16. dggö Annual Conference 2024,
Ethik und Ökonomie im Gesundheitssystem
4. and 5. March 2024
Core Conference and local organization: Prof. Dr. Amelie Wuppermann
Program: Prof. Dr. Hendrik Schmitz#dggoe2024
+ Health Economics + Health Policy + Health Systems + Health Services +
Submission of Papers
2. October until 15. November 2023
Daniel Hausman, Rutgers University
Dr. Daniel M. Hausman is a Research Professor in the Center for Population–Level Bioethics (CPLB), Department of Health Behavior, Society and Policy at Rutgers University. He is also a faculty member within the Rutgers Department of Philosophy. Dr. Hausman was educated at Harvard, Cambridge, and Columbia Universities and taught at the University of Maryland, Carnegie-Mellon University, and the University of Wisconsin-Madison. His research addresses issues at the boundaries between economics and philosophy and currently focuses on the ethical appraisal of using cost-effectiveness information to guide health policy. Dr. Hausman is a co-founder of the journal Economics and Philosophy, and his most recent books are Valuing Health: Well-being, Freedom, and Suffering (2015), Economic Analysis, Moral Philosophy, and Public Policy (with Michael McPherson and Debra Satz, 3rd edition 2017), and How Health Care Can Be Cost-Effective and Fair (2023).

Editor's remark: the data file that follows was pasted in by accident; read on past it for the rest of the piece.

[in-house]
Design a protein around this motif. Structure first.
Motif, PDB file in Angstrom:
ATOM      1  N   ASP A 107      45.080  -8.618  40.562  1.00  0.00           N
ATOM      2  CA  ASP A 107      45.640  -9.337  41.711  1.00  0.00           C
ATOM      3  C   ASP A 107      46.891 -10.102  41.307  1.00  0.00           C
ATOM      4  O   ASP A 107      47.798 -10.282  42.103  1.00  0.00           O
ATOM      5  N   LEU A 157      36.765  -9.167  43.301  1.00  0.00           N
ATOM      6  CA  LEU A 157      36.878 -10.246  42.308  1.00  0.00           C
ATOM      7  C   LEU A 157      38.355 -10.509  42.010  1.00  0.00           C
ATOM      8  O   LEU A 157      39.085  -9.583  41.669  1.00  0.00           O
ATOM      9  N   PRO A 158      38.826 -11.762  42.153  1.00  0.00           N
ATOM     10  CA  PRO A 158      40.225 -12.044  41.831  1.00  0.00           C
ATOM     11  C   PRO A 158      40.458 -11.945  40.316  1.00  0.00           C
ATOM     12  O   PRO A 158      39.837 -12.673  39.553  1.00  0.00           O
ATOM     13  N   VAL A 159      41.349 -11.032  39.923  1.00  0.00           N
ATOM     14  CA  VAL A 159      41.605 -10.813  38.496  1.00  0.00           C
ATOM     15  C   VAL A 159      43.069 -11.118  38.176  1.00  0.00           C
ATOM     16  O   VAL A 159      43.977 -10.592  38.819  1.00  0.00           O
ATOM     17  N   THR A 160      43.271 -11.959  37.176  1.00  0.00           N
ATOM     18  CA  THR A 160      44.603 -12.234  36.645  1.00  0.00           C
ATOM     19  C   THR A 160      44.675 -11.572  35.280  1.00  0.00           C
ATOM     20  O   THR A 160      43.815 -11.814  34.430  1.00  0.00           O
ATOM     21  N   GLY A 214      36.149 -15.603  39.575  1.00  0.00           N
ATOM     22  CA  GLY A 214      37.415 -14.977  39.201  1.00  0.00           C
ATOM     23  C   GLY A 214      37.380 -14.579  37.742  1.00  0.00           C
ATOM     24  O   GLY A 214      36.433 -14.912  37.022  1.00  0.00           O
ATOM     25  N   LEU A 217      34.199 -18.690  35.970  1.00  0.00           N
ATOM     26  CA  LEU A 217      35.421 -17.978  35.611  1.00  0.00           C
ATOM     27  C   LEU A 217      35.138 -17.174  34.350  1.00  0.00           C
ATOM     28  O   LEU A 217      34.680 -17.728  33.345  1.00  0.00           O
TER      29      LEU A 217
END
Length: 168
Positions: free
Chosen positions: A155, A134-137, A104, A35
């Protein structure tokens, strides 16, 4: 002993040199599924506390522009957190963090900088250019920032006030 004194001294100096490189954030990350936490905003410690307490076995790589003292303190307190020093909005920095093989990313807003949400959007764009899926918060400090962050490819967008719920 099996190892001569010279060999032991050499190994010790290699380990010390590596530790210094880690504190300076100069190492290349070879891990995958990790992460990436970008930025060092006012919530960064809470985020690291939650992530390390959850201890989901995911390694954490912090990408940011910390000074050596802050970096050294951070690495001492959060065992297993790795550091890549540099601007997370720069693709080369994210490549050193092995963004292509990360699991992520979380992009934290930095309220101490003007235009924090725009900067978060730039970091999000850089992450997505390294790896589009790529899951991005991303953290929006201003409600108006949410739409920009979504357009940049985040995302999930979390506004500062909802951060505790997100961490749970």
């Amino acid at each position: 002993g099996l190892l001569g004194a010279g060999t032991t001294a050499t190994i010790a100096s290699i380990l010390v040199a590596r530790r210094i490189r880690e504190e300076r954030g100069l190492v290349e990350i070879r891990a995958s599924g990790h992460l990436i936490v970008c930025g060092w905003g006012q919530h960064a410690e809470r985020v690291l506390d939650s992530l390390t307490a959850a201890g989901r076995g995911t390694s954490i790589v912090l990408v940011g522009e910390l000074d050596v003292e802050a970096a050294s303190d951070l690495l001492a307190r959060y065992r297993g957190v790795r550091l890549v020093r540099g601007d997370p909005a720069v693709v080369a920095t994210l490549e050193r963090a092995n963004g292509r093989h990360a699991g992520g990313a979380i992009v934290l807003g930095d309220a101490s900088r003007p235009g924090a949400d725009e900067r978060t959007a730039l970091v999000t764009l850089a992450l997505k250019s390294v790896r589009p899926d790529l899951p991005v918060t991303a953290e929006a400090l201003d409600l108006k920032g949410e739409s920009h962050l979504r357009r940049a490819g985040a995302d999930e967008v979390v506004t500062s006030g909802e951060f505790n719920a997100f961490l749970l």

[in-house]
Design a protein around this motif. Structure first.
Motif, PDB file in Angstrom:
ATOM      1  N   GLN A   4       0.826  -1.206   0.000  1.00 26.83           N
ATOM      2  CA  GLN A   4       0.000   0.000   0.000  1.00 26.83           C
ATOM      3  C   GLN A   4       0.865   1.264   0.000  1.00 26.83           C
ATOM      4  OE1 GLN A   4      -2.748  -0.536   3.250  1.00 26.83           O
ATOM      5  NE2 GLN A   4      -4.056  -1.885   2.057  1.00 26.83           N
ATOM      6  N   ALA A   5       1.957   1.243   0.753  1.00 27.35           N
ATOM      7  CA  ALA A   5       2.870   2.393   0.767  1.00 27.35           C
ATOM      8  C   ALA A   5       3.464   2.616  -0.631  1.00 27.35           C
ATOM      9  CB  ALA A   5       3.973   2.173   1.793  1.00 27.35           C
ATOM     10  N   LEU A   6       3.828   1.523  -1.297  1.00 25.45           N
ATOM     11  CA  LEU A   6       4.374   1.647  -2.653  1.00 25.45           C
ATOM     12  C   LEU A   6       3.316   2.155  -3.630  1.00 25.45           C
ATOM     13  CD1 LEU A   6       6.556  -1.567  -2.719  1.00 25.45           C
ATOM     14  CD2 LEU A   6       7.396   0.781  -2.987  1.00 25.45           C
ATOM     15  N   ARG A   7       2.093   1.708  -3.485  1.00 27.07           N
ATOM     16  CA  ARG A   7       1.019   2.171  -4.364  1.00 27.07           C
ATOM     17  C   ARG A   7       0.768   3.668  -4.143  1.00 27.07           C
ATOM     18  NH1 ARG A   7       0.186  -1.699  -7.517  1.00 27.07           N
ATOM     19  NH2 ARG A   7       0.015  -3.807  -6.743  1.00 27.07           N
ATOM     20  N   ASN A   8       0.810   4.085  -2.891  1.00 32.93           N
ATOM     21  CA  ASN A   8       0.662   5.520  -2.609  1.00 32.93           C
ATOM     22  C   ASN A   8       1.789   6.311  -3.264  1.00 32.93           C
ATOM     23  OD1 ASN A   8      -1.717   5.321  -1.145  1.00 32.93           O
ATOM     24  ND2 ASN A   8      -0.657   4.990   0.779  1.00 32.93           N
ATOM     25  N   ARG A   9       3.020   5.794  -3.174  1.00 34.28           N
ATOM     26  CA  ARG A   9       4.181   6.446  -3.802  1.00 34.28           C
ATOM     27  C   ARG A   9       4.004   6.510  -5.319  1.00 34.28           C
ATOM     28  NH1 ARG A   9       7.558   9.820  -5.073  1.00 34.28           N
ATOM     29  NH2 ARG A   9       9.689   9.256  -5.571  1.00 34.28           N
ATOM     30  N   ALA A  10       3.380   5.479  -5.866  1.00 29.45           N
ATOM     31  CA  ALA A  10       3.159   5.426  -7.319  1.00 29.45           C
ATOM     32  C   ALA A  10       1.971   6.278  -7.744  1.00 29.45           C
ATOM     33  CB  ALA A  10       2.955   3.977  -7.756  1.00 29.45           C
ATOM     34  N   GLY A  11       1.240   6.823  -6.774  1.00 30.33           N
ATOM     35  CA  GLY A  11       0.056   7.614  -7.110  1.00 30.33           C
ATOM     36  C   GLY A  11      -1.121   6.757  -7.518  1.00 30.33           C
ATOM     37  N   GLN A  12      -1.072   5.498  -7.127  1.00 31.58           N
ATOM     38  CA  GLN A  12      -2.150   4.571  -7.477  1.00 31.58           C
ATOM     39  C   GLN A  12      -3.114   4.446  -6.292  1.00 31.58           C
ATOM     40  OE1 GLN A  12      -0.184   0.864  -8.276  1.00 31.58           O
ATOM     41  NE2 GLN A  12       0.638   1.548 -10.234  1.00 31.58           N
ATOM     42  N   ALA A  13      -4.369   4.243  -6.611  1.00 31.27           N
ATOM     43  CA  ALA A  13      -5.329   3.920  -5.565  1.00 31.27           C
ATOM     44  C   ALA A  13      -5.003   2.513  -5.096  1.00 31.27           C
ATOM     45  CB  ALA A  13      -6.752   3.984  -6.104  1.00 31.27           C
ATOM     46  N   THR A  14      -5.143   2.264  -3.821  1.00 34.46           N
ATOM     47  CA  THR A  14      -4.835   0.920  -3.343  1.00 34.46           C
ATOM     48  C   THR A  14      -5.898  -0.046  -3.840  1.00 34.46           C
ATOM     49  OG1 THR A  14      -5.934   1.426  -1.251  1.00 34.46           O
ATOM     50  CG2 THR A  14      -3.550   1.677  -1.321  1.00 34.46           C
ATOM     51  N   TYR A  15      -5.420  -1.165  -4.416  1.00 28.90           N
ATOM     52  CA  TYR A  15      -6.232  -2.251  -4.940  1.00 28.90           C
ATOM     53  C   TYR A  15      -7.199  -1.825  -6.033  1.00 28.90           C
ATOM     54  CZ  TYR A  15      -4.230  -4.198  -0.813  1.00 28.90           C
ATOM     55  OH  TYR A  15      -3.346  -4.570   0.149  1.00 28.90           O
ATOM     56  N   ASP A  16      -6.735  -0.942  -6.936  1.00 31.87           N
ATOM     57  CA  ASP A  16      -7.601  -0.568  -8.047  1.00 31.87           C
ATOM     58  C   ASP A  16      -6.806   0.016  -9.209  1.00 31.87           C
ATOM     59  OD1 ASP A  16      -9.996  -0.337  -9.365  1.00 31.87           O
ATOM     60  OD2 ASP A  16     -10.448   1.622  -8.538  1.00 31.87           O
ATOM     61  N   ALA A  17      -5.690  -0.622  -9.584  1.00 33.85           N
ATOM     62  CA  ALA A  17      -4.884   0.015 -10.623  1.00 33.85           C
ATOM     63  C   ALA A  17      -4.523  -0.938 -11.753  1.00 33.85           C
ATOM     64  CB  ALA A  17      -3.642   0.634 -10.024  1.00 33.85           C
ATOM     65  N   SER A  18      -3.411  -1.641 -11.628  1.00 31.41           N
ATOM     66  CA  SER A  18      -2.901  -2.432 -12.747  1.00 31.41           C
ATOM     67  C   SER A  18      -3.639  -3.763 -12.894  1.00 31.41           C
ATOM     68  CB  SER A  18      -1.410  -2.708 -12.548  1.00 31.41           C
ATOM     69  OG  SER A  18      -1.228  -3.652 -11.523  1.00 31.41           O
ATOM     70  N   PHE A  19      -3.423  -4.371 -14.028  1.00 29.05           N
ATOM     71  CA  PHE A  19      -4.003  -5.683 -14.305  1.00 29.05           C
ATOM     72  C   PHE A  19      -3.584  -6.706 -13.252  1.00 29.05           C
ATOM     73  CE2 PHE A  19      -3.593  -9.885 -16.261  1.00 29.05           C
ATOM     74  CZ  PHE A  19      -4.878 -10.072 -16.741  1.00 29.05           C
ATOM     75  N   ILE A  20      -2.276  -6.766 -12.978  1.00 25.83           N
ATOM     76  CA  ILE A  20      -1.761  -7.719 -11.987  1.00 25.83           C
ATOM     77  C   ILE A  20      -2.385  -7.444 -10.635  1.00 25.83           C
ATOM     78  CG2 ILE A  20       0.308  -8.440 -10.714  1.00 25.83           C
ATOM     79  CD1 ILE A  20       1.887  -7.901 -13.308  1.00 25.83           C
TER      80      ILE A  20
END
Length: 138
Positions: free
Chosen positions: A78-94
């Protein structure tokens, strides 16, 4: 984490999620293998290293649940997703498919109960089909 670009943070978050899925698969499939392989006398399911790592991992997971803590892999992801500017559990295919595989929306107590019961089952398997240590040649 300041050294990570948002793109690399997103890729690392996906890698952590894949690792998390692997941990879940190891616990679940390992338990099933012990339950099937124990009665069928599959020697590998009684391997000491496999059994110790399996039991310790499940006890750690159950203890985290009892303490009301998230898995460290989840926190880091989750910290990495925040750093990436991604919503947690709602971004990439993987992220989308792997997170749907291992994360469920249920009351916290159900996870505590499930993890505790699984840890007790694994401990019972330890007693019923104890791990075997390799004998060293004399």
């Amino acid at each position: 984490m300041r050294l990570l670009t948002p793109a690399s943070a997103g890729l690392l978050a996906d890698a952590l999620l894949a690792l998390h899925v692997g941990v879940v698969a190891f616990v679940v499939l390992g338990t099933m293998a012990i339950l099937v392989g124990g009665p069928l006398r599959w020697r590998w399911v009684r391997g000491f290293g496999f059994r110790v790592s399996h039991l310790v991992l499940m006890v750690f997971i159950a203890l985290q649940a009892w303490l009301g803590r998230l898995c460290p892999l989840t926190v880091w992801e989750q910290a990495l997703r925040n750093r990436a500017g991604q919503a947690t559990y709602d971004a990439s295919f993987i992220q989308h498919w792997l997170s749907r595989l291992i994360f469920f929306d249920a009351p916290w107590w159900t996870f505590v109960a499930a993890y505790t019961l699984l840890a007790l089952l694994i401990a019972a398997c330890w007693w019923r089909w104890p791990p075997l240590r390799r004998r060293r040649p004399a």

Kristina Orfali, Columbia Medical Center
Kristina Orfali is a Professor of Bioethics in Pediatrics at Columbia Medical Center, as well as a clinical ethicist and a member of the NY Presbyterian Morgan Stanley Children’s Hospital Clinical Ethics Committee. Trained in France at the Ecole Normale Superieure and the Institut d'Etudes Politiques de Paris, she holds a Ph.D. in Social Sciences from the Ecole des Hautes Etudes en Sciences Sociales in Paris. Before joining CUMC she has been an Assistant Professor in Medicine and Associate Director at the MacLean Center for Clinical Ethics at the University of Chicago and a Research Scholar at the Institute for Social and Economic Research and Policy (ISERP) at Columbia. Her research and publications span a variety of ethical issues. She has published work in a cross-cultural perspective on patient's hospital experiences, on clinician and family decision-making and on neonatal ethics. Her more recent work focuses on ethical dilemmas, subjective risk assessment and international variations in neonatal prognosis with a particular emphasis on the links between decision theory and empirical results. Finally, she has published several comparative papers (USA-Europe) on the ethical issues raised by patient ‘triage’ during the Covid-19 pandemic.